Keeping things varied by frequently switching genres and going back to watch old dramas also helps a lot. There really are a lot of things to do that can help keep that drama love burning. Thank you for such a great list ,and I hope it helps a lot of other drama fans out there 🙂

  4. Timescout

    Ah, those are all good points and I’m sure some or at least one of them may work when you find yourself interest vaning. Usually. I’m not sure how it’ll go for me though as I’m currently at point 10 and don’t seem to have any real interest in getting back on the saddle. When it comes to kdramas anyway. I do occasionally watch some cdramas that happen to catch my fancy, so I’m not completely dramaless at this point. 🙂

    I don’t have any sage words to add but one thing is for sure, don’t force yourself to watch anything if you don’t feel like it. Been there, done that and it sure didn’t go well at all. I’ve since learned not to keep throwing myself against the wall in the hopes it’ll give way. It.never.does. A break (long or sort) is a much less ‘painfull’ option and you may well come out of it with your love for dramas still intact.^^

  5. Vaish j

    Dear kfg,

    Thank you so much for taking up my question and penning your detailed thoughts. The last year has been overwhelming for me (just like for millions of others around the world). Spending so much time at home, I was watching back to back dramas for a major part of last year. I was soon falling into “Been there seen that” phase. I really must add new genres to my kdrama diet. Get a bit more adventurous.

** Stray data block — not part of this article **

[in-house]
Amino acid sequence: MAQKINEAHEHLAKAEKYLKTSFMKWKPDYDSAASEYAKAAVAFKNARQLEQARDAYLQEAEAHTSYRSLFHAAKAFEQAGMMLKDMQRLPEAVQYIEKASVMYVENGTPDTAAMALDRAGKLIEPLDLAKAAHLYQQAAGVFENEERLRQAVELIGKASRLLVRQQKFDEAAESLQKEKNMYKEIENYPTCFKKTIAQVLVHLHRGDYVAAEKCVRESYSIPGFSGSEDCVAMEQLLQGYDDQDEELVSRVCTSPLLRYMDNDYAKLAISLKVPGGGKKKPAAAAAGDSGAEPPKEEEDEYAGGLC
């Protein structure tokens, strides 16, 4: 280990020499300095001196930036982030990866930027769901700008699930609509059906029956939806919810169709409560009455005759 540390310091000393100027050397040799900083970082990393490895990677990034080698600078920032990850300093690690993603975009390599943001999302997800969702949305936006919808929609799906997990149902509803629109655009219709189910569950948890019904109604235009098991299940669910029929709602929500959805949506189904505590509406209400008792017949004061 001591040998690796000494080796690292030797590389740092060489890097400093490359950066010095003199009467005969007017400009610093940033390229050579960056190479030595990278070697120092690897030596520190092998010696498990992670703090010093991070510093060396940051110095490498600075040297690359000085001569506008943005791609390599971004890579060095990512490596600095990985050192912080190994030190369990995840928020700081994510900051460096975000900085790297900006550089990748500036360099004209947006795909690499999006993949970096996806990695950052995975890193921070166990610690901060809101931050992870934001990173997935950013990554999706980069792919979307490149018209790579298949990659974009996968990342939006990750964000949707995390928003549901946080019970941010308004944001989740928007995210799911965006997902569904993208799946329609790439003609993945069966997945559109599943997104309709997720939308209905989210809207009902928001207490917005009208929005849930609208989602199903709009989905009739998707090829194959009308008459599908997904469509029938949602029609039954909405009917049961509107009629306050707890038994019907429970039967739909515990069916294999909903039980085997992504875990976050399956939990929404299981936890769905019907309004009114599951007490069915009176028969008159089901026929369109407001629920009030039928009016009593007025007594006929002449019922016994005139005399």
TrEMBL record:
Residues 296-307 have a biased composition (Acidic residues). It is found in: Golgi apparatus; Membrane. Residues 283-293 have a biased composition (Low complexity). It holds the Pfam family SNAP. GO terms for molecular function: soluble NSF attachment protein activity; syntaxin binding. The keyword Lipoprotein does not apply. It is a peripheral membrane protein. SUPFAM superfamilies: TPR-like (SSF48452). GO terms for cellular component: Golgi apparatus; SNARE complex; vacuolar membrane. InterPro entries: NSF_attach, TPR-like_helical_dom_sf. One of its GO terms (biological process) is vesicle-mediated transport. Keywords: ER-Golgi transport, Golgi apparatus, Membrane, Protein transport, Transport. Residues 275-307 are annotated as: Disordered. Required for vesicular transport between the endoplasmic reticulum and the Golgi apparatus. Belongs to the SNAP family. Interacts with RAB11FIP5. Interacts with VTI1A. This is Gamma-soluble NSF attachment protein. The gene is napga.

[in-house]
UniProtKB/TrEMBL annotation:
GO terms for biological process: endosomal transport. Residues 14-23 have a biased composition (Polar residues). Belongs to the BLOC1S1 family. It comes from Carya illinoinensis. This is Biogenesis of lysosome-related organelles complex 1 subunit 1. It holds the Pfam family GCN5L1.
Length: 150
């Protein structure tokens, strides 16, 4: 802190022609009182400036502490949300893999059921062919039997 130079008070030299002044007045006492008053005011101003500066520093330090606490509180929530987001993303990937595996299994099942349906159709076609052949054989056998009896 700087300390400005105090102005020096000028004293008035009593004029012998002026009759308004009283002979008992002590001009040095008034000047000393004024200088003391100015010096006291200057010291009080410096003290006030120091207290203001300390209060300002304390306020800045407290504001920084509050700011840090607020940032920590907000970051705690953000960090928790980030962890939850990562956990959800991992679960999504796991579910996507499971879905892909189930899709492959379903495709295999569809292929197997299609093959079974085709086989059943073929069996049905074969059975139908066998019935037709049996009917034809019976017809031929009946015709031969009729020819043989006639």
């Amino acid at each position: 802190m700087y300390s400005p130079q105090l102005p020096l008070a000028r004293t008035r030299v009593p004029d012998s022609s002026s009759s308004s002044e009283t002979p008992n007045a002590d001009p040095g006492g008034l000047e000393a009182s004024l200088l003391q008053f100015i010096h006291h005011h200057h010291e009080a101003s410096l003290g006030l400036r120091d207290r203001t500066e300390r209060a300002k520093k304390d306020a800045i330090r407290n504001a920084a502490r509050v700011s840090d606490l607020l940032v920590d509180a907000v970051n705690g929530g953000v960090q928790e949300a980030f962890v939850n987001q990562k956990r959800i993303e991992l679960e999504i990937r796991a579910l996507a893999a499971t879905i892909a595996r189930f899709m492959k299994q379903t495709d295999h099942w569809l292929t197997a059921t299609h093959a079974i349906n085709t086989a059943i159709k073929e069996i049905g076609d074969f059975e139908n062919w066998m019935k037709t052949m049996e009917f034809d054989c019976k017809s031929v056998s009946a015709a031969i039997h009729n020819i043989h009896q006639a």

Also, I love these words of yours, “I think it’s helpful to remember that not every show is going to sweep us off our feet, and that even if a show doesn’t have that magical x-factor that leaves you breathlessly wanting more, it can still be a solidly enjoyable watch.”

    Thank you for your helpful insights as always and here’s to hoping that I rekindle my love for my fav drama world soon 🙂

  6. ngobee

    Great question and great answer, kfangirl.

    I have surprised myself lately by suddenly breaking off every kdrama I was watching with a kind of “been there, seen that” feeling and starting with cdrama The Sword and the Brocade. Quite enjoying it. I’m sure it also has well-worn tropes, but since they’re new to me I don’t mind. It’s also easy on the eye, the interiors are far more inviting than their Korean counterparts and the actors, although good looking, not as aggressively attractive as their kdrama colleagues. The writing is a bit clumsy at times, people keep telling each other what has already been said and the pace can be slow, but I’m ready to forgive that for the overall meticulous and beautiful scenesetting.

    So that’s a longwinded way of saying I was a bit tired of kdrama, too, after one year of watching it exclusively. So I’ll be taking a short break, The Queen’s Gambit is on my list, too, and not watching anything at all, and I guess things won’t be quite the same when I come back. Promises to be interesting.

    1. CarpControl

      Surprisingly, I’m too taking a break from k-dramas in the c-dramaland, with the Sword and the Brocade and about 5 more c-dramas :3 Always had been weary of the lead-actors in that, but surprisingly I’m liking the pair, and I’m sure the absolutely BREATHTAKING sets and costumes, camerawork and lighting have a part to play!